On Jun 22, 2007, at 11:38 PM, Dave Lilley wrote:

> Now if i pass parameters to it as in
>
>      ruby Song.rb("here","come frank",60)
>> ruby Song.rb("here","come frank",60)
>      ruby: No such file or directory -- Song.rb(here,come frank,60)
> (LoadError)
>> Exit code: 1
>
> so i expect this is where the error is the parameters aren't know  
> to the
> program
> and i get the LoadError.

Right. When you say "the Ruby book that comes with Ruby 1.8.6 win32",  
I'm going to assume you're talking about "Programming Ruby" (a.k.a.  
the Pickaxe book).

Now that you've created the Song class, you want to test it by  
creating a new Song instance. To do that, add this line to the end of  
your program (Song.rb), after the class definition:

	aSong = Song.new("here", "come frank", 60)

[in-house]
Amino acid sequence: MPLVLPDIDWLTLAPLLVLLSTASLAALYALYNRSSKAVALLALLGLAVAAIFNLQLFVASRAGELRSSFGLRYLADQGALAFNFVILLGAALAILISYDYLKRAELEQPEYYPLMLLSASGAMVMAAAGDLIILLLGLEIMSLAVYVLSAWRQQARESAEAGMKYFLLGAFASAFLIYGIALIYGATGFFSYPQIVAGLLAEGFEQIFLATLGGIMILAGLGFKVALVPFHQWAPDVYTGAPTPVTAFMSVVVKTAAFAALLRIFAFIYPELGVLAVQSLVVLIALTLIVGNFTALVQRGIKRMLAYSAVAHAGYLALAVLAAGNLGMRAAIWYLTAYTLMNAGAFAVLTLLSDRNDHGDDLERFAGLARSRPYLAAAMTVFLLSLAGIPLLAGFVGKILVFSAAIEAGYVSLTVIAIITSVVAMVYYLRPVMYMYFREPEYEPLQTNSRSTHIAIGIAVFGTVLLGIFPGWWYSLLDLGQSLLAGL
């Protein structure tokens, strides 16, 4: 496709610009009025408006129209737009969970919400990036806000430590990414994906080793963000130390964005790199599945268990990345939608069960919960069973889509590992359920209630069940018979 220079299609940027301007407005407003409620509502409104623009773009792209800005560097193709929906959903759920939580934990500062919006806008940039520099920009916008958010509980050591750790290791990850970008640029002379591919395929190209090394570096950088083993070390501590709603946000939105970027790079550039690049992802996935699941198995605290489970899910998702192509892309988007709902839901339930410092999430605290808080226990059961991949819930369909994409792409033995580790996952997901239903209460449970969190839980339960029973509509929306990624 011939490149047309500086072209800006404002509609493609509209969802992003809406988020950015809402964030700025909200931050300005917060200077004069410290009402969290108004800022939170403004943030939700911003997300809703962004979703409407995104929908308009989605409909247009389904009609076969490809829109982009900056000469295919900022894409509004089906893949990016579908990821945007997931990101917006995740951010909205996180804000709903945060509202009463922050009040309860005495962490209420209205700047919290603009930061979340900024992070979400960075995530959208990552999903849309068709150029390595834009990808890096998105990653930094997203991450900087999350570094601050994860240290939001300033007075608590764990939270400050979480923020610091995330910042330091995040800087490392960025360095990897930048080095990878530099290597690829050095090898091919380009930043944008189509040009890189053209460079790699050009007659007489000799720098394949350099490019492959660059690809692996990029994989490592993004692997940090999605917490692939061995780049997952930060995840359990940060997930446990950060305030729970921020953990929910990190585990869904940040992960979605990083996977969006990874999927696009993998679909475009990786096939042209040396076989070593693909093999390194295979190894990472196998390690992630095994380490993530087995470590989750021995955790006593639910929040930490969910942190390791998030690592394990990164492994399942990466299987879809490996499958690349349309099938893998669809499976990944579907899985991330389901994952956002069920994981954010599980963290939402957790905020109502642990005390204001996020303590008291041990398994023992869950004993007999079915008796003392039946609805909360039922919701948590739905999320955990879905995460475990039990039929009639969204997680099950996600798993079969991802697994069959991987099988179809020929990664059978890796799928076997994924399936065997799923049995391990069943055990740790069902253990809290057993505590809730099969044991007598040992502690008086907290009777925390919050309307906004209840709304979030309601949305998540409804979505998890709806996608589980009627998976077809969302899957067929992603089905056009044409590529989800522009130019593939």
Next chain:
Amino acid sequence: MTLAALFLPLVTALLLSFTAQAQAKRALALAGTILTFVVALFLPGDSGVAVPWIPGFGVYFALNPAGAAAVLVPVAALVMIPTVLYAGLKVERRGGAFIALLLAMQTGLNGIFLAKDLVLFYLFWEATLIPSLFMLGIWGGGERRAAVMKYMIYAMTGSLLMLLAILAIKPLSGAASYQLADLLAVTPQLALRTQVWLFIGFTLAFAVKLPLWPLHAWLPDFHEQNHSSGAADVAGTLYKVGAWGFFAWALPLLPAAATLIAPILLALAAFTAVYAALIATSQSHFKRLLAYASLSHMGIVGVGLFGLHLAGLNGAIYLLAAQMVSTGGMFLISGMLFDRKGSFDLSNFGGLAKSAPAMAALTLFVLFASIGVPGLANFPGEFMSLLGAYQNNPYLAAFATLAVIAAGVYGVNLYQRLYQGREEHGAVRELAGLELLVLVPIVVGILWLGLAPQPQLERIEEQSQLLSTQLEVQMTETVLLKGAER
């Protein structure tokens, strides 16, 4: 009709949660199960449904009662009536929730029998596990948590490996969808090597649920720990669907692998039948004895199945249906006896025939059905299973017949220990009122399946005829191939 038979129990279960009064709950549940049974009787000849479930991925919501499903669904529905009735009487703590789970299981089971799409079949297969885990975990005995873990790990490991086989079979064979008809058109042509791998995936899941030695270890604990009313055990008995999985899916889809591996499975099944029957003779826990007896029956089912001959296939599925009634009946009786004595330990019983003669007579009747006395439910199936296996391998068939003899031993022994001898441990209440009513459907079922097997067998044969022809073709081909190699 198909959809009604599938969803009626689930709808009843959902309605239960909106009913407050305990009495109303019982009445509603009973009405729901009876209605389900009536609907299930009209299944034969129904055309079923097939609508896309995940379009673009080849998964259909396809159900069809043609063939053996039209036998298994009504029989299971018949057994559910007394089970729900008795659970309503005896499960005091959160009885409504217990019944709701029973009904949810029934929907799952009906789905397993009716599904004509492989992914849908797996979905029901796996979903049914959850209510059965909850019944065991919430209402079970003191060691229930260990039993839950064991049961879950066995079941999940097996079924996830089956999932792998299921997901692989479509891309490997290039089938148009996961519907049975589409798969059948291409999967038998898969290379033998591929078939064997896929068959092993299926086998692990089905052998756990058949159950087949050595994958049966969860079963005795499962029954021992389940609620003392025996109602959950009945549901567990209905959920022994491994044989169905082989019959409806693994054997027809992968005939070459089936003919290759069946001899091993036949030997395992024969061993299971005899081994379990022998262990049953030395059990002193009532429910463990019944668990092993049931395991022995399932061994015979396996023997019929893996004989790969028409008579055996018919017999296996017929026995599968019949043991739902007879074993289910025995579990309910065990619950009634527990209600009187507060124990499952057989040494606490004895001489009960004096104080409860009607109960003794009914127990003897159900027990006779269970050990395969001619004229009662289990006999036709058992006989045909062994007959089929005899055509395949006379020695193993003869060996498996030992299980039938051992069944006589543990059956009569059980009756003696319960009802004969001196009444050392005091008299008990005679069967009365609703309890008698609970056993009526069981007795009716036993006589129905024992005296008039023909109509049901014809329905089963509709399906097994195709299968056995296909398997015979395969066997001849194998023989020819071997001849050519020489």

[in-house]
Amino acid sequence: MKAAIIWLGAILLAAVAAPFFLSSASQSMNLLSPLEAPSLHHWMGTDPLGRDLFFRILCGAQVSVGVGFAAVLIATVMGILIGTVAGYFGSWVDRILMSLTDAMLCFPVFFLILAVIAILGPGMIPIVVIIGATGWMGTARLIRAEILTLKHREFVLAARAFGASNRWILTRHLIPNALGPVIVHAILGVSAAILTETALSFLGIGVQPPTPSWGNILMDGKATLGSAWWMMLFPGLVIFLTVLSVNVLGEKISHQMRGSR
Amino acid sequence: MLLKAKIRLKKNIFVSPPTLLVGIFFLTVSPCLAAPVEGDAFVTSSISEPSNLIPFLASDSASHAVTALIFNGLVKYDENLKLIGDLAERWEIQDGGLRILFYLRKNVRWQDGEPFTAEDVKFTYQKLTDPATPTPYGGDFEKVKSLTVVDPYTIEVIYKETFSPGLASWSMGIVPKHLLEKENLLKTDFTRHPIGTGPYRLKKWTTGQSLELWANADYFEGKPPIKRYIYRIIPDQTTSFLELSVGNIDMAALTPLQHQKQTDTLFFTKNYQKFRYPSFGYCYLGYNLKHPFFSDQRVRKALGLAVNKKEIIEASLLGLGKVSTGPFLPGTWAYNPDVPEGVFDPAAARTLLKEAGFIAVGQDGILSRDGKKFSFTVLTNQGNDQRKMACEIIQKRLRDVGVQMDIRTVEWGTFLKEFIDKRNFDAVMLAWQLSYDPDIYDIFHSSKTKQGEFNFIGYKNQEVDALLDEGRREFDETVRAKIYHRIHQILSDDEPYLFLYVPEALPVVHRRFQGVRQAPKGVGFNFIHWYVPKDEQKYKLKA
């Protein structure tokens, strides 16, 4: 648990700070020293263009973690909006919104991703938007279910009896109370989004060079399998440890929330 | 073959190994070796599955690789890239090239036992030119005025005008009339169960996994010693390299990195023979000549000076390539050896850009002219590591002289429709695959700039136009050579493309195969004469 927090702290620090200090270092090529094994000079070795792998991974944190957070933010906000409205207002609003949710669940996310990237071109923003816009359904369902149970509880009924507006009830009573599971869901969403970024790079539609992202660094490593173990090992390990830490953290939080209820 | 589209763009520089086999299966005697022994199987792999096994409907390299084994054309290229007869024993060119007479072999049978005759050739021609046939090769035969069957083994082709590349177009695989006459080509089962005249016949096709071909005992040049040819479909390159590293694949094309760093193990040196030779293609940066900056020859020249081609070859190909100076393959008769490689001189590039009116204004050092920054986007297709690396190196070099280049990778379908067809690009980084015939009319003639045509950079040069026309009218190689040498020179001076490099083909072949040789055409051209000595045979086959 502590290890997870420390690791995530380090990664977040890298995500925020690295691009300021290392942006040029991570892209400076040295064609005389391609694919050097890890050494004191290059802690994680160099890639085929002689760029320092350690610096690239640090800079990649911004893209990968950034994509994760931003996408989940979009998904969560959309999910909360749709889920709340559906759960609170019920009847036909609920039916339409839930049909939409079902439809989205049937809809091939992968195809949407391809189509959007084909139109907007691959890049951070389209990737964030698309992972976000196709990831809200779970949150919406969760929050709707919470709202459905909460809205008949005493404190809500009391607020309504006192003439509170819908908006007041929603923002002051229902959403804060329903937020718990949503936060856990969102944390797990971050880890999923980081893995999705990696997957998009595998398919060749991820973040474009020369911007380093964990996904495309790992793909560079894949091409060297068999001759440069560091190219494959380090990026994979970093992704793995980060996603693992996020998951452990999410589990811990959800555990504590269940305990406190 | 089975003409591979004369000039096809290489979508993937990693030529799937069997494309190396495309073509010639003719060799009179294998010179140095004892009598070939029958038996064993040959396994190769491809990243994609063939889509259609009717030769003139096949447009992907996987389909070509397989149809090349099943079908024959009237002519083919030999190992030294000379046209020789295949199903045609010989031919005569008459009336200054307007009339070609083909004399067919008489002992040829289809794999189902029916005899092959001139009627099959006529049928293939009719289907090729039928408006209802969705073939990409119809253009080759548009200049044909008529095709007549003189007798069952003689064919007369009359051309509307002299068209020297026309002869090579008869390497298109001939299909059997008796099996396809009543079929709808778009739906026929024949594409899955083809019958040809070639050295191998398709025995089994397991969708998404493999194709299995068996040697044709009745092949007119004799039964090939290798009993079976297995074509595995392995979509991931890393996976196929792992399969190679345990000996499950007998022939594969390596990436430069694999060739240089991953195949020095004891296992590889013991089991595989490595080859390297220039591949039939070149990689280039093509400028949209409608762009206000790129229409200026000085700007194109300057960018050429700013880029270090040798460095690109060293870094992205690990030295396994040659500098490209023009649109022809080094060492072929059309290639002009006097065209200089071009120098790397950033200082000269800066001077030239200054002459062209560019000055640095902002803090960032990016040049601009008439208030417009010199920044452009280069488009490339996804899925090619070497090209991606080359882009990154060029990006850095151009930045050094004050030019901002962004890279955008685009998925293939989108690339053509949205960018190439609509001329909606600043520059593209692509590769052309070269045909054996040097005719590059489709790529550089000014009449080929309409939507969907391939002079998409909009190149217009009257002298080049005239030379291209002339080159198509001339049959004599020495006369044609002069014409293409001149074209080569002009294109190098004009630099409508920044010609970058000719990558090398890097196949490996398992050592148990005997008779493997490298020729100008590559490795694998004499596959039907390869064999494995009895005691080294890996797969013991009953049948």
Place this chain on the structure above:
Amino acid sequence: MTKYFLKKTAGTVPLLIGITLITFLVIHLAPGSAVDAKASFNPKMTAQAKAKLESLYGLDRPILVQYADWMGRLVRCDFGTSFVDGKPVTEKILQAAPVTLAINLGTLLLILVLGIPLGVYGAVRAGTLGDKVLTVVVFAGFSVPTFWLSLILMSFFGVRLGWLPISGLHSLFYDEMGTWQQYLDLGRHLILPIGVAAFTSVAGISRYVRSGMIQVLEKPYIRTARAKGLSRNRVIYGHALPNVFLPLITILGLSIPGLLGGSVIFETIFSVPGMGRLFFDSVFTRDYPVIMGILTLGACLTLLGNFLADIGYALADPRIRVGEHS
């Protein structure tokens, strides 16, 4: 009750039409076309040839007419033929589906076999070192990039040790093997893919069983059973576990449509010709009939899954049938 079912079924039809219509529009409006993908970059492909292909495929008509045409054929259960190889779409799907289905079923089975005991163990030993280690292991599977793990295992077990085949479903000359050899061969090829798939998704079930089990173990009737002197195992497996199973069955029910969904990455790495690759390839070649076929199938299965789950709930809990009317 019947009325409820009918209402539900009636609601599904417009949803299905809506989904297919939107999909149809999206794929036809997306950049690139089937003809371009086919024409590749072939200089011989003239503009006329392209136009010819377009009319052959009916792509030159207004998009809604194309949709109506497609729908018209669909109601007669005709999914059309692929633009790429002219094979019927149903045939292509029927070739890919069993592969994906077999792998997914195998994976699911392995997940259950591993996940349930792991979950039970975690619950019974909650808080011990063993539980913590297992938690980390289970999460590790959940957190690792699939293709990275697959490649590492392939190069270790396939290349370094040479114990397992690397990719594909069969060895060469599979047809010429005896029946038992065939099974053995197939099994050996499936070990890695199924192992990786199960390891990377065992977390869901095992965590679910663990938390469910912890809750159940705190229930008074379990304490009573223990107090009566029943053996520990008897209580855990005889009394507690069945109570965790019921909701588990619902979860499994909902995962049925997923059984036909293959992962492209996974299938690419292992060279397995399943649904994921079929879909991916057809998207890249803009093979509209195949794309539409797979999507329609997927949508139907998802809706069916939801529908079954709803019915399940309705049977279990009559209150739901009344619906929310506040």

In the Pickaxe book, there's a similar example that uses the song  
"Bicyclops" by Bela Fleck. Now, the discussion in the Pickaxe book  
doesn't make this point very clear, but for you to actually see any  
output from this program, you're going to need to add at least one  
more line:

	puts aSong.inspect

So the entire contents of the file Song.rb should now look something  
like this:

	class Song
		def initialize(name, artist, duration)
			@name = name
			@artist = artist
			@duration = duration
		end
	end

	aSong = Song.new("here", "come frank", 60)
	puts aSong.inspect

Now if you run this at the command prompt by typing:

	ruby Song.rb

You should see some output like this:

	#<Song:0x52c970 @duration=60, @name="here", @artist="come frank">

Hope this helps,

Lyle